The Packaging Council is an initiative of the Industry Council for Packaging and the Environment (INCPEN). It was put together following a Government request in 1990.
The Council's task will be to field complaints about packaging which fails to comply with a new code of practice on packaging of consumer goods.1 Its Chairman is former EC Environment Commissioner Lord Clinton Davis. Seven of its members are from industry and seven represent consumer, environmental and local authority interests.
Friends of the Earth (FoE) responded to the launch by criticising the code as "unenforceable." The one-page code certainly cannot be said to be draconian.
Its three paragraphs on the environment stipulate that the package itself should be designed "with due regard to reuse and/or recycling, and to its ultimate safe disposal in accord with relevant Government waste management targets." Packaging systems should use the minimum amount of energy and raw materials "consistent with the requirements of protection, distribution, preservation and presentation of the product," and should minimise emissions. The business named on the product will also have to justify any environmental claim made for the packaging.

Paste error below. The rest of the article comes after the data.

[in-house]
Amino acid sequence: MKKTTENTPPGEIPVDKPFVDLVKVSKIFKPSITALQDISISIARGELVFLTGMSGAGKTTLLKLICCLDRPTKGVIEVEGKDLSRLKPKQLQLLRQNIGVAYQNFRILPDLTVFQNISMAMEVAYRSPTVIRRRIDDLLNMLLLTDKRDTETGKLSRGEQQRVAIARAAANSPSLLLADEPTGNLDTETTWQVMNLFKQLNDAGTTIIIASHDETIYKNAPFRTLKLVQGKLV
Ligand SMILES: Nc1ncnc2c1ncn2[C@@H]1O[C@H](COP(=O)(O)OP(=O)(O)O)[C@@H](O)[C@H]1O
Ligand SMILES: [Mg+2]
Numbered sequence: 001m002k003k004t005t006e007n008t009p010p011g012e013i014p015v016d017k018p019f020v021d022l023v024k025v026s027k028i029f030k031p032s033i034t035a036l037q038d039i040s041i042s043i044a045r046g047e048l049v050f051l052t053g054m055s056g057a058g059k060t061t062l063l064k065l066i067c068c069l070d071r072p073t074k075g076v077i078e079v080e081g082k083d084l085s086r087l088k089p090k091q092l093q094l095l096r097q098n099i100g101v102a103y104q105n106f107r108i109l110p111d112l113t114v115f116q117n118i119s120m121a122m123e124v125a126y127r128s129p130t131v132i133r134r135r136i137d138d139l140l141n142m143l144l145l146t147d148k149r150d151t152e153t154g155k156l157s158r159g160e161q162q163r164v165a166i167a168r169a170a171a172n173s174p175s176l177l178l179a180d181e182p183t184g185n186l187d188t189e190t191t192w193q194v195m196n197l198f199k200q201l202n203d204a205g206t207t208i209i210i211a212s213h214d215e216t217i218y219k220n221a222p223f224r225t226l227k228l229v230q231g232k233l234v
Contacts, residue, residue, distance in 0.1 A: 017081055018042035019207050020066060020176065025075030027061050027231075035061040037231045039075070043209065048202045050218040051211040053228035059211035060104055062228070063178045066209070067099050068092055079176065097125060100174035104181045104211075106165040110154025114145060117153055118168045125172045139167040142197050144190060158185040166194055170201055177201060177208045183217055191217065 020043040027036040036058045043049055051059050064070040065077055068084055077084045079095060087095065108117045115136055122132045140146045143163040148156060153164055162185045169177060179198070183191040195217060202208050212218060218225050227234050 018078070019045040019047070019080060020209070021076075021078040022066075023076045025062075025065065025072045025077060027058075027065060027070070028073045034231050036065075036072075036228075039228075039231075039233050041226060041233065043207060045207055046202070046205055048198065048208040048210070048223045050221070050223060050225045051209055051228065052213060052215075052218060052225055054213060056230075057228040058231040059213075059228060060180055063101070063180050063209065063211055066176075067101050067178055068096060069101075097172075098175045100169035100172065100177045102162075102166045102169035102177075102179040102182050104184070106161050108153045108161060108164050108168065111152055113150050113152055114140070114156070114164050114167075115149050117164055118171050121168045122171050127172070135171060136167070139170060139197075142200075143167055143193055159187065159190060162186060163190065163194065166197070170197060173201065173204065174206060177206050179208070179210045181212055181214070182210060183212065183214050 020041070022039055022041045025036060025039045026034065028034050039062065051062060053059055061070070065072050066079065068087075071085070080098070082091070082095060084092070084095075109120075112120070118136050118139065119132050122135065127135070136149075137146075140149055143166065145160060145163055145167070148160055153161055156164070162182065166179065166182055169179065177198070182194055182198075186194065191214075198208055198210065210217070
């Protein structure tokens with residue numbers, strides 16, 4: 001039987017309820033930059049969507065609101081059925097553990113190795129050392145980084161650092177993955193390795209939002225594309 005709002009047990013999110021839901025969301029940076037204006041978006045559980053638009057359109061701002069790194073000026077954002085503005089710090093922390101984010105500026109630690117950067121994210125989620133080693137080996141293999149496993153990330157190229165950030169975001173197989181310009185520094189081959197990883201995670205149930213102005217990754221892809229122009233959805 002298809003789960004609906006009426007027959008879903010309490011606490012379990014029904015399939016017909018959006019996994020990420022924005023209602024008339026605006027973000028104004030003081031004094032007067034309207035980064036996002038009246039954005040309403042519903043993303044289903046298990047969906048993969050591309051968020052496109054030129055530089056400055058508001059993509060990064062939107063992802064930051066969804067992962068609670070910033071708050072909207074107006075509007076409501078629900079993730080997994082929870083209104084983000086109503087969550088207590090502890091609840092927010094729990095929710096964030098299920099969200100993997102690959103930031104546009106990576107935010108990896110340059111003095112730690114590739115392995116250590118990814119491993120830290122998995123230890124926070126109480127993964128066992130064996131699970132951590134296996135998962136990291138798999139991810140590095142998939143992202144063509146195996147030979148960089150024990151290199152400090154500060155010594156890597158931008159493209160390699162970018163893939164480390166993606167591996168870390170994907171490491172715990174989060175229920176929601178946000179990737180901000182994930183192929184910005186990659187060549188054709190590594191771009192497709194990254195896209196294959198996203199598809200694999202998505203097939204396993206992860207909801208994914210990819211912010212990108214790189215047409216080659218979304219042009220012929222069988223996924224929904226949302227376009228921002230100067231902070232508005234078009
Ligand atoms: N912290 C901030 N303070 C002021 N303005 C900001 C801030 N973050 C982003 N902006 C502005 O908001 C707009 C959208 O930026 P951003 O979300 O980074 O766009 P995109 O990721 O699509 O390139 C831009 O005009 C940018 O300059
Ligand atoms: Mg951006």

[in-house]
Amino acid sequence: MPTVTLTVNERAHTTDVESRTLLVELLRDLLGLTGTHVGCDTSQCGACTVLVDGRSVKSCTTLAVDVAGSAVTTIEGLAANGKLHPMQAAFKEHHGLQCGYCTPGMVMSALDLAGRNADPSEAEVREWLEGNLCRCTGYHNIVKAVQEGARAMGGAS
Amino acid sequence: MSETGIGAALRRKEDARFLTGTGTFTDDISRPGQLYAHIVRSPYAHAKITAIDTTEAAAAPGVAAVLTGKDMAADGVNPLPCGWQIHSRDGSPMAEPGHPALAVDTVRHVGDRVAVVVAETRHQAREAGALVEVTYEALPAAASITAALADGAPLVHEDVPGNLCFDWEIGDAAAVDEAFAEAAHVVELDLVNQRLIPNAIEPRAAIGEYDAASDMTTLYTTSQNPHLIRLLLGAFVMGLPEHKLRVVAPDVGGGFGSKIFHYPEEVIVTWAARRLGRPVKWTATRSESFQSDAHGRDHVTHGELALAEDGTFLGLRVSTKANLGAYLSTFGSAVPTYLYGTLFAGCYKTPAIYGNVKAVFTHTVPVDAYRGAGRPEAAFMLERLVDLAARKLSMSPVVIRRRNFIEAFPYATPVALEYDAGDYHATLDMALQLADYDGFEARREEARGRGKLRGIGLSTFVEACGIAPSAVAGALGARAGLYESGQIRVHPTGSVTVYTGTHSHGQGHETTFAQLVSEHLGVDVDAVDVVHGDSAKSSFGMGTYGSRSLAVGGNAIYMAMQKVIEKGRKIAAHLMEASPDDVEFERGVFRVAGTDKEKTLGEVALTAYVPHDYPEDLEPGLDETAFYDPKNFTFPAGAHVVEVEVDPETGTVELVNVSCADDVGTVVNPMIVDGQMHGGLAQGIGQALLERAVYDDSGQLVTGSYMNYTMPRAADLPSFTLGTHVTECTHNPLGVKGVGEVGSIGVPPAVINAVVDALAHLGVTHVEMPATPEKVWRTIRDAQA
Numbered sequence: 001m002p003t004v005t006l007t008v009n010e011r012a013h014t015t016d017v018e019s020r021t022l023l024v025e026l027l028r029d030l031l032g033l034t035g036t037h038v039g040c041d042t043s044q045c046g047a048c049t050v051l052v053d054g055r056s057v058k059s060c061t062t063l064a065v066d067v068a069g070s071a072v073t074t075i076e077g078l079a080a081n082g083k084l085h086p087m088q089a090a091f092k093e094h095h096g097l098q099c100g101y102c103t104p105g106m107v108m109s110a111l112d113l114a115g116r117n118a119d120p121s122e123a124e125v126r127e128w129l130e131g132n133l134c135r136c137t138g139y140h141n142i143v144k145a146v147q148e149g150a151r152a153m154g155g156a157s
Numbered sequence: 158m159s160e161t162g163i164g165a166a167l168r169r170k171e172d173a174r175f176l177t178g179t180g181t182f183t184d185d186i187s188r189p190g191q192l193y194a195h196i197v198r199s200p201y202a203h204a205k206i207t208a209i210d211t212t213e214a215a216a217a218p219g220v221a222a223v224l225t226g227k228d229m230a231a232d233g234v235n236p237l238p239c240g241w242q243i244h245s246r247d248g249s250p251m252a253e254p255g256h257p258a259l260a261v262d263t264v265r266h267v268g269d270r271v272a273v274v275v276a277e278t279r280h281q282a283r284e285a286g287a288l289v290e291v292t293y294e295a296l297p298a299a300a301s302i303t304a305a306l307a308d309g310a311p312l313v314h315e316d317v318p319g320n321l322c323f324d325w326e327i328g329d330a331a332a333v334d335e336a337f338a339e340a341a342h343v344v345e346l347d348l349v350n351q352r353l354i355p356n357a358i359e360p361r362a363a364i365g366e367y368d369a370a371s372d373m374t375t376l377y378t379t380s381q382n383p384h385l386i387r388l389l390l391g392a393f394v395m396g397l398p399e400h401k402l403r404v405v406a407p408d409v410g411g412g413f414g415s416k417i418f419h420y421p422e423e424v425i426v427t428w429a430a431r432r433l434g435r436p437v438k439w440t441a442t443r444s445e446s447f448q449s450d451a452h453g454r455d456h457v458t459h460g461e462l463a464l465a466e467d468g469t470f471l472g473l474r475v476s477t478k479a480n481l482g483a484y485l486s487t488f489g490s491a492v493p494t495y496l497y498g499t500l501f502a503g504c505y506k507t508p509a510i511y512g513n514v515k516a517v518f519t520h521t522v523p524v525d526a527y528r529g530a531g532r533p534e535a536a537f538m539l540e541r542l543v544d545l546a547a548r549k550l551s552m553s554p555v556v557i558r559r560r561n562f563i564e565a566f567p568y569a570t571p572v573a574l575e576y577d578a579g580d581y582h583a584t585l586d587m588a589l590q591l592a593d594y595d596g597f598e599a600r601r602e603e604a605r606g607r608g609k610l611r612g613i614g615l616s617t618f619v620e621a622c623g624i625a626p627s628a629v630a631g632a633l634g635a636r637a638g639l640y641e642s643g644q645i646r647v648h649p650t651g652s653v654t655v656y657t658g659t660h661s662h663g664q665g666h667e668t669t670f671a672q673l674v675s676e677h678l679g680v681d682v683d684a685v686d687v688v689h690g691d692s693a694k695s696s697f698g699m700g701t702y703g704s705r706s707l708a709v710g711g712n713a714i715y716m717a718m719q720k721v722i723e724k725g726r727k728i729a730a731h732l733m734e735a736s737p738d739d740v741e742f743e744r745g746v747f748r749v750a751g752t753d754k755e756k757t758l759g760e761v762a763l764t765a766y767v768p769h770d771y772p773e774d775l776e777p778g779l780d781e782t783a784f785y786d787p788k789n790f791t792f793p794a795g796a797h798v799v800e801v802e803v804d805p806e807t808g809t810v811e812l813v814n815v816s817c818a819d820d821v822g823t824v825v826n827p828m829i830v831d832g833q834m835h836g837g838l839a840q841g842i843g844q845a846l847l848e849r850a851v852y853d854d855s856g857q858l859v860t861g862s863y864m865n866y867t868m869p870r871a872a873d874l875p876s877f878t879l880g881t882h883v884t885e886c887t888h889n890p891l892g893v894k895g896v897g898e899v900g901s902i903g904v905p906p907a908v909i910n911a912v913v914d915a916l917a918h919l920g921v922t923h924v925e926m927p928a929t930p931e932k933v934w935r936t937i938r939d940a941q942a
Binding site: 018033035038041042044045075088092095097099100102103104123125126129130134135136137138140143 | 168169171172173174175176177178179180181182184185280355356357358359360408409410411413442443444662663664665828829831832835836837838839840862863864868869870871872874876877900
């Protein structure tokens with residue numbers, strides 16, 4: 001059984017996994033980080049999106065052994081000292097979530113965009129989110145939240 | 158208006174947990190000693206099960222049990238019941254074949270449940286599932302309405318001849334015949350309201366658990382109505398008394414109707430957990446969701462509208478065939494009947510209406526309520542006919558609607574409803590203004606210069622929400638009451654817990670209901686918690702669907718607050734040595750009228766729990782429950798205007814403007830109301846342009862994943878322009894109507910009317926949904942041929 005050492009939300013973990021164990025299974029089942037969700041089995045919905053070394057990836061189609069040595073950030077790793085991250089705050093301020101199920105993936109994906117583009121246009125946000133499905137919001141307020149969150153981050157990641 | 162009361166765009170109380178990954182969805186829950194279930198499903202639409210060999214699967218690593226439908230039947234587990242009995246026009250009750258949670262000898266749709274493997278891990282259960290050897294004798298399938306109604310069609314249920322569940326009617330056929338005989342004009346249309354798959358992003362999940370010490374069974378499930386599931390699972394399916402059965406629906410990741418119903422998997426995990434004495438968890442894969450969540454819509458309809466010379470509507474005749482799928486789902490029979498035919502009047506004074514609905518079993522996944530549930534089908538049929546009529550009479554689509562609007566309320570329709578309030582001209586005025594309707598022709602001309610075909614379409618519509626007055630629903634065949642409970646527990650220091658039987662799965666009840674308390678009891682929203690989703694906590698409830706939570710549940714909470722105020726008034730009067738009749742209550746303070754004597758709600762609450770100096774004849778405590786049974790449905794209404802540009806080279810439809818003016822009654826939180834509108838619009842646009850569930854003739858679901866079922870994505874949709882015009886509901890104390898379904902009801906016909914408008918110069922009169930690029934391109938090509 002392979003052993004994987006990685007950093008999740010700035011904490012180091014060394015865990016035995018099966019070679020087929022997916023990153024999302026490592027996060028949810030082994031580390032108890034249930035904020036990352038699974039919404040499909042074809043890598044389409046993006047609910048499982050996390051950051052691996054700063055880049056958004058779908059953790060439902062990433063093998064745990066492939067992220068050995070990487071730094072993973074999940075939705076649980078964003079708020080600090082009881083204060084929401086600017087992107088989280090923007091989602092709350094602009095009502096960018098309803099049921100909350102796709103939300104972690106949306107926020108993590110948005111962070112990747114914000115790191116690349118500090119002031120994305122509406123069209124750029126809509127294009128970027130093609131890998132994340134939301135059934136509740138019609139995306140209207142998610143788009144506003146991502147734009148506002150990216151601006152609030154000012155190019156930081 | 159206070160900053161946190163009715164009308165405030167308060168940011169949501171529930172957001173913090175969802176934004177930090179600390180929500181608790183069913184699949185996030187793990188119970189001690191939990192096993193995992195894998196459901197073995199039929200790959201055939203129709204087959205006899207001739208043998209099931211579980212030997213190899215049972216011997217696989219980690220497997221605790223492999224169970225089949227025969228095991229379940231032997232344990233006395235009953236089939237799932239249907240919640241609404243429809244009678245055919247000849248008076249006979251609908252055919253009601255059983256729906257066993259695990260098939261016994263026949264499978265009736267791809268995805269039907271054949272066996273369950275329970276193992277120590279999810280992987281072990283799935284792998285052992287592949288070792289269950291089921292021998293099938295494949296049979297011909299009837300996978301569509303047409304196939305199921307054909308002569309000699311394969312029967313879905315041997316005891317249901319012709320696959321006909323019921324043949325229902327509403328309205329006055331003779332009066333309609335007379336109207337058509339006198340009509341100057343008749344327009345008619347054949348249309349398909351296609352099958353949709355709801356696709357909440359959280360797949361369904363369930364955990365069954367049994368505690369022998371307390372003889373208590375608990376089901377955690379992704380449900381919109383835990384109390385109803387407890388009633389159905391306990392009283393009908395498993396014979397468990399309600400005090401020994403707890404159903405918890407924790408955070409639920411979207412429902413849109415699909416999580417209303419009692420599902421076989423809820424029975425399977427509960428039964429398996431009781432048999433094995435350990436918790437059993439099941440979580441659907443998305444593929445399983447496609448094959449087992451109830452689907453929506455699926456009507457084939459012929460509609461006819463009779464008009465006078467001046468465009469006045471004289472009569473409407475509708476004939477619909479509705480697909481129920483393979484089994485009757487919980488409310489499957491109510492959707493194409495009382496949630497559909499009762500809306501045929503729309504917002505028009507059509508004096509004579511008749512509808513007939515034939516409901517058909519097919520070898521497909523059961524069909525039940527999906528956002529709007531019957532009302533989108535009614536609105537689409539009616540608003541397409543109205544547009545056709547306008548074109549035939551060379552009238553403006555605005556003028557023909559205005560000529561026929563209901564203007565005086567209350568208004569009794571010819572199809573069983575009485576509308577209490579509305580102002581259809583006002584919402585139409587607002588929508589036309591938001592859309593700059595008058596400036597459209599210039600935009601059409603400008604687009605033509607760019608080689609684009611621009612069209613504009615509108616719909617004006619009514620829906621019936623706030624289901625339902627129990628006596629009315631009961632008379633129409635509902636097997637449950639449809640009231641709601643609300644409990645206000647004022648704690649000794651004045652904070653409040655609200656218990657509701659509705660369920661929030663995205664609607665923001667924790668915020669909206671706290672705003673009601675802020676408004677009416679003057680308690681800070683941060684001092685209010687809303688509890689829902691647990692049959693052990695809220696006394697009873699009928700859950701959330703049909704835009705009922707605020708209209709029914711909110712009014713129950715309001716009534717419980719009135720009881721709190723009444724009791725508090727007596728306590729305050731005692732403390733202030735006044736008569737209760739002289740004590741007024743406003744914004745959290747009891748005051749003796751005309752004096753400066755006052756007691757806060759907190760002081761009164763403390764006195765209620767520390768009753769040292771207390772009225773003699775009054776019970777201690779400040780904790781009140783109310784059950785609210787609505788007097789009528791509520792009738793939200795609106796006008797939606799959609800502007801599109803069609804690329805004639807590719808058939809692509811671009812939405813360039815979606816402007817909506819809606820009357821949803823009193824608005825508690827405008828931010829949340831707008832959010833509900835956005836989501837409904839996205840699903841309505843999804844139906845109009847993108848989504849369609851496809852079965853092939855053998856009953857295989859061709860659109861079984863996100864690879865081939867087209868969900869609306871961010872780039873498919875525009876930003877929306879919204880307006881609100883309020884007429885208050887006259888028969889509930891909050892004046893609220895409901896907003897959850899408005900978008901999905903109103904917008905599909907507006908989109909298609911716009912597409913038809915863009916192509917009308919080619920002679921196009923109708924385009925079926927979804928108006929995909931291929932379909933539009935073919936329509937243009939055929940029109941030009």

The BRC, representing the main retailers, has issued a guidance note on packaging intended to avert regulatory action by the Government.2 A heavy emphasis is laid throughout on the responsibilities of packaging suppliers to conduct life-cycle analyses of packaging systems and offer products which minimise environmental impacts.
The note urges retailers to set "realistic but rapid targets" for the reduction, reuse and recycling of packaging materials. Whether this means that the targets should be set quickly or should have short timescales is unclear.
A potentially important target urged by the BRC is that packaging systems which are recoverable for reuse or recycling are achieved by 2000. FoE has criticised this aspect of the guidance because it makes virtually no allusion to reusable or refillable packaging.
Nevertheless, the guidance should help to reduce the adverse impacts of packaging. It strongly discourages the use of multi-material packs and laminates, for example, and promotes alternatives to solvent-based inks and adhesives. Everything now depends on how retailers respond.